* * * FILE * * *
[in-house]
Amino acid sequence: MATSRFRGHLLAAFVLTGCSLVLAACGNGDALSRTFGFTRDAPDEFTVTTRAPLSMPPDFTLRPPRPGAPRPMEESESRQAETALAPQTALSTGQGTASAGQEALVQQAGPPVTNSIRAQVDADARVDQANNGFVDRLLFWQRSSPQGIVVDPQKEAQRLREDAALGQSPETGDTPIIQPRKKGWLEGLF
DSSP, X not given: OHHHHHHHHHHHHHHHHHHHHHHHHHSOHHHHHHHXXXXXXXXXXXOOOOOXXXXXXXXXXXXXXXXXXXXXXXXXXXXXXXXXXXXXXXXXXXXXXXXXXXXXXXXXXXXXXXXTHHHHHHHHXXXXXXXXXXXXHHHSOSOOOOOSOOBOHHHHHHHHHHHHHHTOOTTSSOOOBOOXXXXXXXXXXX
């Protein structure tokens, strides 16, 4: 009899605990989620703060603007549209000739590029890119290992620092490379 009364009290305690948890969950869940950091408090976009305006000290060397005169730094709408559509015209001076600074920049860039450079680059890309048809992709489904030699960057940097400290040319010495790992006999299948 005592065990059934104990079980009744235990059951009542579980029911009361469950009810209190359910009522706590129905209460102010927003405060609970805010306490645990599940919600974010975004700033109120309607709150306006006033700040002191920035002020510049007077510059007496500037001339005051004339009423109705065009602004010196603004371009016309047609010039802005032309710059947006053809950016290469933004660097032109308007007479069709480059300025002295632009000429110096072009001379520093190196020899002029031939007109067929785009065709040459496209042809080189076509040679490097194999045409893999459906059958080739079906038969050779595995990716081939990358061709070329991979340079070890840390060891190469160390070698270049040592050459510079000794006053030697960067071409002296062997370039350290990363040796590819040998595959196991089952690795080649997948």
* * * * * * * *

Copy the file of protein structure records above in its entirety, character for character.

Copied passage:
[in-house]
Amino acid sequence: MATSRFRGHLLAAFVLTGCSLVLAACGNGDALSRTFGFTRDAPDEFTVTTRAPLSMPPDFTLRPPRPGAPRPMEESESRQAETALAPQTALSTGQGTASAGQEALVQQAGPPVTNSIRAQVDADARVDQANNGFVDRLLFWQRSSPQGIVVDPQKEAQRLREDAALGQSPETGDTPIIQPRKKGWLEGLF
DSSP, X not given: OHHHHHHHHHHHHHHHHHHHHHHHHHSOHHHHHHHXXXXXXXXXXXOOOOOXXXXXXXXXXXXXXXXXXXXXXXXXXXXXXXXXXXXXXXXXXXXXXXXXXXXXXXXXXXXXXXXTHHHHHHHHXXXXXXXXXXXXHHHSOSOOOOOSOOBOHHHHHHHHHHHHHHTOOTTSSOOOBOOXXXXXXXXXXX
């Protein structure tokens, strides 16, 4: 009899605990989620703060603007549209000739590029890119290992620092490379 009364009290305690948890969950869940950091408090976009305006000290060397005169730094709408559509015209001076600074920049860039450079680059890309048809992709489904030699960057940097400290040319010495790992006999299948 005592065990059934104990079980009744235990059951009542579980029911009361469950009810209190359910009522706590129905209460102010927003405060609970805010306490645990599940919600974010975004700033109120309607709150306006006033700040002191920035002020510049007077510059007496500037001339005051004339009423109705065009602004010196603004371009016309047609010039802005032309710059947006053809950016290469933004660097032109308007007479069709480059300025002295632009000429110096072009001379520093190196020899002029031939007109067929785009065709040459496209042809080189076509040679490097194999045409893999459906059958080739079906038969050779595995990716081939990358061709070329991979340079070890840390060891190469160390070698270049040592050459510079000794006053030697960067071409002296062997370039350290990363040796590819040998595959196991089952690795080649997948």